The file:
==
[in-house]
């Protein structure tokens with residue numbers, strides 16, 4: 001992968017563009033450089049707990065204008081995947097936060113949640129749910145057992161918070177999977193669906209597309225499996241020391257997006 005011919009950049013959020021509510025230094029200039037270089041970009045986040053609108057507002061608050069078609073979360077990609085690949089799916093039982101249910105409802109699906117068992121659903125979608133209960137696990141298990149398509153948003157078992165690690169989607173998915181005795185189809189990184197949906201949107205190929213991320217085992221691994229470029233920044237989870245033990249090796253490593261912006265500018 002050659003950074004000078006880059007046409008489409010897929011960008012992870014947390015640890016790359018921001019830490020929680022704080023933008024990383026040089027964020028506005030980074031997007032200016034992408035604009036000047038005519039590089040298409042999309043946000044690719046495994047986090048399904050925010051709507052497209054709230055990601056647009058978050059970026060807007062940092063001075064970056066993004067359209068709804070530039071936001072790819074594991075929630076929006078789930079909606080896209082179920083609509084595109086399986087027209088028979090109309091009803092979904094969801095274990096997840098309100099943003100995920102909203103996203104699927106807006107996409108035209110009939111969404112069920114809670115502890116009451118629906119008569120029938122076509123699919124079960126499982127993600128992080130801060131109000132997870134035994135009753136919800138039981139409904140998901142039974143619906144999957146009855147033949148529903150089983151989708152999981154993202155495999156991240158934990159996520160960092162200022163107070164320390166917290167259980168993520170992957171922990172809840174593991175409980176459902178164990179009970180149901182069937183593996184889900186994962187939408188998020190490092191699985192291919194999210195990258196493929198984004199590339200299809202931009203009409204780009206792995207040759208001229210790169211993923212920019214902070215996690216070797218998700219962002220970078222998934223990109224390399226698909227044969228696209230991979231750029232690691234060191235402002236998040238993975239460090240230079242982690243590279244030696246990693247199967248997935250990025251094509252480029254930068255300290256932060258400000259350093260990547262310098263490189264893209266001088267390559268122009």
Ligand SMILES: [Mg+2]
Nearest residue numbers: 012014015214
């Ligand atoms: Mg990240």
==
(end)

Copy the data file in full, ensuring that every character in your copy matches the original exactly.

[in-house]
């Protein structure tokens with residue numbers, strides 16, 4: 001992968017563009033450089049707990065204008081995947097936060113949640129749910145057992161918070177999977193669906209597309225499996241020391257997006 005011919009950049013959020021509510025230094029200039037270089041970009045986040053609108057507002061608050069078609073979360077990609085690949089799916093039982101249910105409802109699906117068992121659903125979608133209960137696990141298990149398509153948003157078992165690690169989607173998915181005795185189809189990184197949906201949107205190929213991320217085992221691994229470029233920044237989870245033990249090796253490593261912006265500018 002050659003950074004000078006880059007046409008489409010897929011960008012992870014947390015640890016790359018921001019830490020929680022704080023933008024990383026040089027964020028506005030980074031997007032200016034992408035604009036000047038005519039590089040298409042999309043946000044690719046495994047986090048399904050925010051709507052497209054709230055990601056647009058978050059970026060807007062940092063001075064970056066993004067359209068709804070530039071936001072790819074594991075929630076929006078789930079909606080896209082179920083609509084595109086399986087027209088028979090109309091009803092979904094969801095274990096997840098309100099943003100995920102909203103996203104699927106807006107996409108035209110009939111969404112069920114809670115502890116009451118629906119008569120029938122076509123699919124079960126499982127993600128992080130801060131109000132997870134035994135009753136919800138039981139409904140998901142039974143619906144999957146009855147033949148529903150089983151989708152999981154993202155495999156991240158934990159996520160960092162200022163107070164320390166917290167259980168993520170992957171922990172809840174593991175409980176459902178164990179009970180149901182069937183593996184889900186994962187939408188998020190490092191699985192291919194999210195990258196493929198984004199590339200299809202931009203009409204780009206792995207040759208001229210790169211993923212920019214902070215996690216070797218998700219962002220970078222998934223990109224390399226698909227044969228696209230991979231750029232690691234060191235402002236998040238993975239460090240230079242982690243590279244030696246990693247199967248997935250990025251094509252480029254930068255300290256932060258400000259350093260990547262310098263490189264893209266001088267390559268122009």
Ligand SMILES: [Mg+2]
Nearest residue numbers: 012014015214
């Ligand atoms: Mg990240």